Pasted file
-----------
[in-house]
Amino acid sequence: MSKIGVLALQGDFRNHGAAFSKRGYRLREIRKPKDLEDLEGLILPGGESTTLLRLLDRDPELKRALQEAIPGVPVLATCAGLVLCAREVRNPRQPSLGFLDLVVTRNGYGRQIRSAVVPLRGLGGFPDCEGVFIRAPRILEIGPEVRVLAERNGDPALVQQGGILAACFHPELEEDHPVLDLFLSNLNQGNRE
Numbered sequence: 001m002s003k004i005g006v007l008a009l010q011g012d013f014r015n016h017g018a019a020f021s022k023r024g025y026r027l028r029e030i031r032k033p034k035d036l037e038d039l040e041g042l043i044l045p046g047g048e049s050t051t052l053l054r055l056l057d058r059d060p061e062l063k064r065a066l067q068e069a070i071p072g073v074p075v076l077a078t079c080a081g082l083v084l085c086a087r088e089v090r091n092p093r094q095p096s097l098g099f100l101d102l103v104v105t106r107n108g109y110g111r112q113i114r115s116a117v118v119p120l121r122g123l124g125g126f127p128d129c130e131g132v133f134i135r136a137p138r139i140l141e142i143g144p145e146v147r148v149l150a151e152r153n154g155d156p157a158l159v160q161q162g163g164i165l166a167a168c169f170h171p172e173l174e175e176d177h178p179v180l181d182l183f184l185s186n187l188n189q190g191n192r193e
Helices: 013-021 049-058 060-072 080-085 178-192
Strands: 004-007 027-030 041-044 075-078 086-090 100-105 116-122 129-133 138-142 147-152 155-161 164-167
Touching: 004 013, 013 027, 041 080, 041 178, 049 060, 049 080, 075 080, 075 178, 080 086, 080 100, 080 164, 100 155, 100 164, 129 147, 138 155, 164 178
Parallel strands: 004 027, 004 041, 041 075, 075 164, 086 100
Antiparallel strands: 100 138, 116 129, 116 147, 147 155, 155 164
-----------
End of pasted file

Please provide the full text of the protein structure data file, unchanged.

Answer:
[in-house]
Amino acid sequence: MSKIGVLALQGDFRNHGAAFSKRGYRLREIRKPKDLEDLEGLILPGGESTTLLRLLDRDPELKRALQEAIPGVPVLATCAGLVLCAREVRNPRQPSLGFLDLVVTRNGYGRQIRSAVVPLRGLGGFPDCEGVFIRAPRILEIGPEVRVLAERNGDPALVQQGGILAACFHPELEEDHPVLDLFLSNLNQGNRE
Numbered sequence: 001m002s003k004i005g006v007l008a009l010q011g012d013f014r015n016h017g018a019a020f021s022k023r024g025y026r027l028r029e030i031r032k033p034k035d036l037e038d039l040e041g042l043i044l045p046g047g048e049s050t051t052l053l054r055l056l057d058r059d060p061e062l063k064r065a066l067q068e069a070i071p072g073v074p075v076l077a078t079c080a081g082l083v084l085c086a087r088e089v090r091n092p093r094q095p096s097l098g099f100l101d102l103v104v105t106r107n108g109y110g111r112q113i114r115s116a117v118v119p120l121r122g123l124g125g126f127p128d129c130e131g132v133f134i135r136a137p138r139i140l141e142i143g144p145e146v147r148v149l150a151e152r153n154g155d156p157a158l159v160q161q162g163g164i165l166a167a168c169f170h171p172e173l174e175e176d177h178p179v180l181d182l183f184l185s186n187l188n189q190g191n192r193e
Helices: 013-021 049-058 060-072 080-085 178-192
Strands: 004-007 027-030 041-044 075-078 086-090 100-105 116-122 129-133 138-142 147-152 155-161 164-167
Touching: 004 013, 013 027, 041 080, 041 178, 049 060, 049 080, 075 080, 075 178, 080 086, 080 100, 080 164, 100 155, 100 164, 129 147, 138 155, 164 178
Parallel strands: 004 027, 004 041, 041 075, 075 164, 086 100
Antiparallel strands: 100 138, 116 129, 116 147, 147 155, 155 164